|1808||Ludwig van Beethoven||Symphony No. 6 ‘Pastoral’|
|Movements||I: Allegro ma non troppo ‘Awakening of joyful feeling on arrival in the country (F) II: Andante molto mosso ‘Scene by the brook’ (Bb) III: Scherzo: Allegro ‘Peasants merrymaking (Bb) IV: Allegro ‘Storm’ (f) V: Allegretto ‘Song of thanksgiving after the storm’ (F)|
|Instrumentation||Strings, 2 flutes (plus piccolo), 2 oboes, 2 clarinets, 2 bassoons, 2 horns, 2 trumpets, 2 trombones, timpani|
|Overview|| This symphony is very different in tone from its predecessor (i.e. No. 5), being mostly gentle and pastoral in tone. Beethoven offers programmatic titles (see above) and occasional notes (e.g. identifying bird songs) on the score so the narrative is much more explicit than, for example, Symphony No. 3.
See a full score here.
|A) Overall form||The five movements are driven partly by the loose pastoral narrative described by the movement titles. Without the storm, the remaining movements broadly follow the traditional pattern, including Andante and Scherzo middle movements. Many later five-movement symphonies adopt this basic plan of an extra movement before the finale.|
|D) 3rd mov. / Minuet||This movement is more rustic peasant dance than refined courtly minuet. It is unusual in its form in that the Trio is played twice, making five main sections in total, although the last repeat of the scherzo is considerably shortened.
In this extract you hear the first Trio section (a rusting sounding dance in 2/4) followed by the opening of the middle Scherzo (in a fast 3/4).
|F) Dev. of orchestra||Although the orchestra is no larger than that for fifth symphony, Beethoven uses some innovative effects, especially in the storm movement. The composer includes rumblings of thunder depicted by fast and dissonant writing in the lower strings and tremolo whilst there are dramatic flashes of lightning in the higher woodwind.
Beginnings of rumbling thunder:
|G) Harm. / tonality||Diminished sevenths play a major role at the beginning of the storm movement.|
|H) Drama / progr.||Each movement loosely depicts a scene from nature including the very obviously programmatic fourth, which represents a storm (see above). Beethoven also includes bird calls in the slow movement and a representation of a village band in the third. The idea of creating a symphony that depicted a relatively concrete sequence of events was enthusiastically picked up by some later Romantic composers.|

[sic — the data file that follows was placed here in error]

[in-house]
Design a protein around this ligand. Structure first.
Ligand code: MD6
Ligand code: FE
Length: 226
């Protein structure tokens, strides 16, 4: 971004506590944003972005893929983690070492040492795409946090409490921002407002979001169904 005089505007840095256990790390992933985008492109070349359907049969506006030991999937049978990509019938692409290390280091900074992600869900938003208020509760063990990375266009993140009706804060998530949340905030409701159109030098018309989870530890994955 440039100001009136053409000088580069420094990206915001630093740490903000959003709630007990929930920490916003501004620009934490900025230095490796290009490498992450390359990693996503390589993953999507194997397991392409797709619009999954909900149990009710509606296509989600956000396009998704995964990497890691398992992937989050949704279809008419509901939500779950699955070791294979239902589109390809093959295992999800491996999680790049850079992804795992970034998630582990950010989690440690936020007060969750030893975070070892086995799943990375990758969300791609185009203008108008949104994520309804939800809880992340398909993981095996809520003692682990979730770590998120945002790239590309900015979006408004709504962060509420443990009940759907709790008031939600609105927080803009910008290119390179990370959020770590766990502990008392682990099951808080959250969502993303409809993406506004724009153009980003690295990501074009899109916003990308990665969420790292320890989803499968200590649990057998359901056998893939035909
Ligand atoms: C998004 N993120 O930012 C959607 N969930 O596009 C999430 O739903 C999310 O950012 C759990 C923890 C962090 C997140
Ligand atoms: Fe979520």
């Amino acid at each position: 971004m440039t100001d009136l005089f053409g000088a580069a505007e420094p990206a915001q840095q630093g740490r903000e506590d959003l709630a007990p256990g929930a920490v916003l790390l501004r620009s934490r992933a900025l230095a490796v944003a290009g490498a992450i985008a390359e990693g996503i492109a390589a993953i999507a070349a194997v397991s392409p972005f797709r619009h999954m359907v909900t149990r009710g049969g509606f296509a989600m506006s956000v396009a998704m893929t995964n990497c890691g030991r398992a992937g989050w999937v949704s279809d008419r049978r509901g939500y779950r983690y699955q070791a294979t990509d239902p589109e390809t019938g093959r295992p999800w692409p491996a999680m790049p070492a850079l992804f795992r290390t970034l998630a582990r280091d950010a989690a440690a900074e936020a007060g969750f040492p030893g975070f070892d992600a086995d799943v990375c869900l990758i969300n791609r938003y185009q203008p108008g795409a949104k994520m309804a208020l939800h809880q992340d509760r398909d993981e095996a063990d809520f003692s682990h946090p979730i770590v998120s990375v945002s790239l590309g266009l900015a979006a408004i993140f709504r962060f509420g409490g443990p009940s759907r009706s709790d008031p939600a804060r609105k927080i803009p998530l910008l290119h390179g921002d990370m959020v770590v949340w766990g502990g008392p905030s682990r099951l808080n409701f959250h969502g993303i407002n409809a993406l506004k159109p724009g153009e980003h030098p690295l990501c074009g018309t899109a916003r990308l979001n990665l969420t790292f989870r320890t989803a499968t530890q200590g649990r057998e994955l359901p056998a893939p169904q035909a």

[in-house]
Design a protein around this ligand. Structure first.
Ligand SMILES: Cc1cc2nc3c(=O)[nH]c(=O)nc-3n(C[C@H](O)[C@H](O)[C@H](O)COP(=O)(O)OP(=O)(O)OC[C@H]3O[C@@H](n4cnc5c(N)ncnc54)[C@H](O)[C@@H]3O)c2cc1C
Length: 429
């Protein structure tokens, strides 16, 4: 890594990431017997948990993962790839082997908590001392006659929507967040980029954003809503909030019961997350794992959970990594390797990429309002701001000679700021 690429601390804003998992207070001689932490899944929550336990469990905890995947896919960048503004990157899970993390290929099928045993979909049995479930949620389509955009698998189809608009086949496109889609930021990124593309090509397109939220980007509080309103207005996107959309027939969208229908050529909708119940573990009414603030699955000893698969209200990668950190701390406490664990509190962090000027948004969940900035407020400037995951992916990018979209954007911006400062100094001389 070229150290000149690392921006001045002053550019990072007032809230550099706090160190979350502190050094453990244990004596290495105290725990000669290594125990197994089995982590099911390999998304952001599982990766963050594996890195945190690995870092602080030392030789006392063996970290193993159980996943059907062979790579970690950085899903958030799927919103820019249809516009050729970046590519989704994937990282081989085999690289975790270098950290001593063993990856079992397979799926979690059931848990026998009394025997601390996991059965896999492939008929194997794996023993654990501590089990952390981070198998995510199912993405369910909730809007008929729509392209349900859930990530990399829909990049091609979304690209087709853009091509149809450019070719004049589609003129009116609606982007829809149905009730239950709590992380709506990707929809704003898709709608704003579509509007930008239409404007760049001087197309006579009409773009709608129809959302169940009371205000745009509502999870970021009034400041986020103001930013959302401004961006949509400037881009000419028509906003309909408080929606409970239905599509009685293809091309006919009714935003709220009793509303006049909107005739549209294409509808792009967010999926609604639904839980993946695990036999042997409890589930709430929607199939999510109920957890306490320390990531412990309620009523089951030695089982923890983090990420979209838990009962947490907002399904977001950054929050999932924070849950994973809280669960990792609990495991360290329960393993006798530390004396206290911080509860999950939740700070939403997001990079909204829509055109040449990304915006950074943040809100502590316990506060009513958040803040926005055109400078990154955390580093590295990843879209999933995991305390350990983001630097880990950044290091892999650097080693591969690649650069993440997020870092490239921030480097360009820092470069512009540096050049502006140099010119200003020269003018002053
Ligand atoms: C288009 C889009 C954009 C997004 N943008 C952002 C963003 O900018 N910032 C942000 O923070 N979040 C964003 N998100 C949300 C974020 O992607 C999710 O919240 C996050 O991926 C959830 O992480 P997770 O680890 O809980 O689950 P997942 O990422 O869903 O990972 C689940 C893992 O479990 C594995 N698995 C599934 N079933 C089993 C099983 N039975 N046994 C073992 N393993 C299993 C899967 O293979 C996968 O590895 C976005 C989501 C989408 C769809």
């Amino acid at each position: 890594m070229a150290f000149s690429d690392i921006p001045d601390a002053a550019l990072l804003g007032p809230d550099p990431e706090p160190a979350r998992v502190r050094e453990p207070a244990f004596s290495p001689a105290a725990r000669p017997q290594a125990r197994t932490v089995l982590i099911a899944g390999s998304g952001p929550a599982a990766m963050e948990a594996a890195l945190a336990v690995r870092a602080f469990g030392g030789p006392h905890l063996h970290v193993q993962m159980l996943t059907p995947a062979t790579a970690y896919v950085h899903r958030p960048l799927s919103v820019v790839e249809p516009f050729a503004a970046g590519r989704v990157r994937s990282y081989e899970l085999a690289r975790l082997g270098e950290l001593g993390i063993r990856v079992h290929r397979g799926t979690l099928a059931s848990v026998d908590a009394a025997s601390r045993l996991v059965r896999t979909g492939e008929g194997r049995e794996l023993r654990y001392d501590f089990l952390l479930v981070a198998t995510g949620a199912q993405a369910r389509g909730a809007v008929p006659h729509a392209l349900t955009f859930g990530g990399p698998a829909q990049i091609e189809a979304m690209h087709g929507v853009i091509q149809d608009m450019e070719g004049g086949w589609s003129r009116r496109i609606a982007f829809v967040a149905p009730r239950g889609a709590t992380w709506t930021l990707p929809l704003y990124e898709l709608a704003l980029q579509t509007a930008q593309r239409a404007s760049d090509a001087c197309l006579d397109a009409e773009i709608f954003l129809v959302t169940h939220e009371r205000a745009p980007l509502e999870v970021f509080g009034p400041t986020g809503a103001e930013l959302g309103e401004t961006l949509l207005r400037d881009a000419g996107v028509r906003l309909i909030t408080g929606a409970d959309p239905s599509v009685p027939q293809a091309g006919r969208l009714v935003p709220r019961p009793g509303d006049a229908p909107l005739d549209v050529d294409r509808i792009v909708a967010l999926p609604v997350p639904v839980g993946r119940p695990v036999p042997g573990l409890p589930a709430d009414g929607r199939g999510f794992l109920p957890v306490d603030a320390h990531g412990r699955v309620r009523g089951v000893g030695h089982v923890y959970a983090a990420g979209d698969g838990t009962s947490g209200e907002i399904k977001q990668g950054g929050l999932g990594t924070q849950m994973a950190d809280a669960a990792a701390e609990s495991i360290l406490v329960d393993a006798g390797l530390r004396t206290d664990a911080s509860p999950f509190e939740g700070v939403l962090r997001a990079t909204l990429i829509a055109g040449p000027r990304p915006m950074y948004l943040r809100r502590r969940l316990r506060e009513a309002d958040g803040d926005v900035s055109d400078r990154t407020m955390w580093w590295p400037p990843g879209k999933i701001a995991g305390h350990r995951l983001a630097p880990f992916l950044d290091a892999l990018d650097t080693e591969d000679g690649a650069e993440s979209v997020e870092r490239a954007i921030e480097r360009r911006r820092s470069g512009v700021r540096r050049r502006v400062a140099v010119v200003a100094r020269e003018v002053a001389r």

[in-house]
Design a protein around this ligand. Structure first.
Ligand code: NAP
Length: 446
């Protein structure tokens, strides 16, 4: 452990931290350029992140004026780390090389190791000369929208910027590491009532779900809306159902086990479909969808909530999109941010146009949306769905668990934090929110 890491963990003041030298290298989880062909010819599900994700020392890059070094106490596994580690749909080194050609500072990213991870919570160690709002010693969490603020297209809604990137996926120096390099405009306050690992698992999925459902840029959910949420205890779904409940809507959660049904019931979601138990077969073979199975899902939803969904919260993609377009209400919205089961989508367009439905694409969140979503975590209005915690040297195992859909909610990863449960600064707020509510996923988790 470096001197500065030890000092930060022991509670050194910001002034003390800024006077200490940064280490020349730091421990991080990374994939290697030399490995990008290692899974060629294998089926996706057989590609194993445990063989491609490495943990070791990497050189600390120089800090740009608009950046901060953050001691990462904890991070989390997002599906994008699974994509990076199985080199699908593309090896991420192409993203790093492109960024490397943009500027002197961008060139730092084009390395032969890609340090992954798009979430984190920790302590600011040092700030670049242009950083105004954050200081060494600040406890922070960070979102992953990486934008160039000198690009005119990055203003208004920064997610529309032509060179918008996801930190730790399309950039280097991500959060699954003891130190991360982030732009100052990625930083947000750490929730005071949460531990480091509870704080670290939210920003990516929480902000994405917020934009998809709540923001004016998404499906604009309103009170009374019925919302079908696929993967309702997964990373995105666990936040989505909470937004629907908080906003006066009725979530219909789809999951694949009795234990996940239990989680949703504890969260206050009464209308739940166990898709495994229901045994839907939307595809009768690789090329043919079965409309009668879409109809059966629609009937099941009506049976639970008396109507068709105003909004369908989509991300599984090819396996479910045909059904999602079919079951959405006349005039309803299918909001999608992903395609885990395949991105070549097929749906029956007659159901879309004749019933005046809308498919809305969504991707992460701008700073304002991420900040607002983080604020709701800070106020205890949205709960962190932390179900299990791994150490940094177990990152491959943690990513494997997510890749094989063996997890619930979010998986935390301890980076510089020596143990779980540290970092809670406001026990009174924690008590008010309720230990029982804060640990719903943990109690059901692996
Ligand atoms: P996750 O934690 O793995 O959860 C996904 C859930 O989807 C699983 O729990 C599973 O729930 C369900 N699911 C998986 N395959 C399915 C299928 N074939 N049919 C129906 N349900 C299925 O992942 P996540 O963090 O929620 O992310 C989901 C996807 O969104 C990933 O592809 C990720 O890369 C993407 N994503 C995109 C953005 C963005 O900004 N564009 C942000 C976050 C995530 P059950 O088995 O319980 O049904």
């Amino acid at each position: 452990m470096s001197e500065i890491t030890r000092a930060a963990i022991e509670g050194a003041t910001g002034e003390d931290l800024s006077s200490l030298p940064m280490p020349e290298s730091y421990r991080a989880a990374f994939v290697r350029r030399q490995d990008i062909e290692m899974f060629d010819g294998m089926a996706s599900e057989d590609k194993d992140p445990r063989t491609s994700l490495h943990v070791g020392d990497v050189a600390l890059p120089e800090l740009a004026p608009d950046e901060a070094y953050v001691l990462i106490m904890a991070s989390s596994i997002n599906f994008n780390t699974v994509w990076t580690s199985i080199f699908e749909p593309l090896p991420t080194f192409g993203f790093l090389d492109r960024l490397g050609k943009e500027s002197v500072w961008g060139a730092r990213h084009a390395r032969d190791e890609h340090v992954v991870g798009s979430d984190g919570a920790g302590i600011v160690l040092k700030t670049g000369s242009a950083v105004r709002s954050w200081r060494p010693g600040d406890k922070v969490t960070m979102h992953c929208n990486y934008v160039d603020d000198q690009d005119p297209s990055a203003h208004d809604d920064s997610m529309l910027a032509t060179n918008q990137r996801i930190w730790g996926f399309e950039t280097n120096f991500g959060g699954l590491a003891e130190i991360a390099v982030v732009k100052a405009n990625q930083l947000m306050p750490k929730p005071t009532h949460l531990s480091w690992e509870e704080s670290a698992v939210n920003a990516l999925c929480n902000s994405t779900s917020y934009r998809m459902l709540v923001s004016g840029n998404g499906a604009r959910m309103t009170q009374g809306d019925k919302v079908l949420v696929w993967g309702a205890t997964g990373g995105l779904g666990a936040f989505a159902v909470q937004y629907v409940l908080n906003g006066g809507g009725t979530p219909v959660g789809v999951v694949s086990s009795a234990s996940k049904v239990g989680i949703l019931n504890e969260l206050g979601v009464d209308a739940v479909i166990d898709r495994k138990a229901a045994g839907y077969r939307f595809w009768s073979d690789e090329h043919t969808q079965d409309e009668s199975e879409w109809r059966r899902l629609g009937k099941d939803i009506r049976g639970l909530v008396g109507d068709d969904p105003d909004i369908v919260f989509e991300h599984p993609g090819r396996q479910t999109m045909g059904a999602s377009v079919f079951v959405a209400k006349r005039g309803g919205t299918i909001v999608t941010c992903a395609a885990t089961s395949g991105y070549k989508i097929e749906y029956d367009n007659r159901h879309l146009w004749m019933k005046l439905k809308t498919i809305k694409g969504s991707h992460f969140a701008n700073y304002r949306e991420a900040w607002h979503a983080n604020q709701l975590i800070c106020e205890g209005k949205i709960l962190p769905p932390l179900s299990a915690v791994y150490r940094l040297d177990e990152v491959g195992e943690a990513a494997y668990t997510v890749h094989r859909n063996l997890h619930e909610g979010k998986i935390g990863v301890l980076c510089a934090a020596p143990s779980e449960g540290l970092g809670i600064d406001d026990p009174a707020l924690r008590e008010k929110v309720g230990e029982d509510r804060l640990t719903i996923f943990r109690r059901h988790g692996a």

|L) Folk and national music||
As in the last movement of Haydn’s Symphony 104, Beethoven makes use of simple folk-like melodies often over drones and pedals in both the first and last movements. The use of ‘pastoral’ keys such as F major, and metres such as 6/8 were also common features of folk. The most explicitly folk-like, however, is the “Merry Dances of the Countryfolk” that he offers as the third movement.
In this extract you hear the first Trio section (a rustic sounding dance in 2/4) followed by the opening of the middle Scherzo (in a fast 3/4).
Schindler, a friend of Beethoven, but not a wholly reliable witness, said that the composer “asked me if I had noticed how village musicians often played in their sleep, occasionally letting their instruments fall and keeping quite still, then waking up with a start, getting in a few vigorous blows or strokes at a venture, although usually in the right key, and then dropping to sleep again. Apparently he had tried to portray these poor people in his Pastoral Symphony.” It is certainly the case that instruments suddenly start and stop and there is a passage in the first section where the oboe seems to enter a beat out and stay syncopated for quite a number of bars:
The last movement imitates a very specific type of Shepherd’s song known as a ranz des vaches (call to the cows!). The opening melody is almost identical to this traditional melody, played by Swiss shepherds on an alphorn. (see here on Youtube) ‘
There are some interesting uses of rhythms for programmatic effect in this symphony.
In the third movement (see above) the oboe gets one beat adrift from the accompaniment, creating an unusual syncopated idea.
In the storm movement, Beethoven creates the rumbling thunder with quintuplet semiquavers against ordinary semiquavers in the double basses (see score):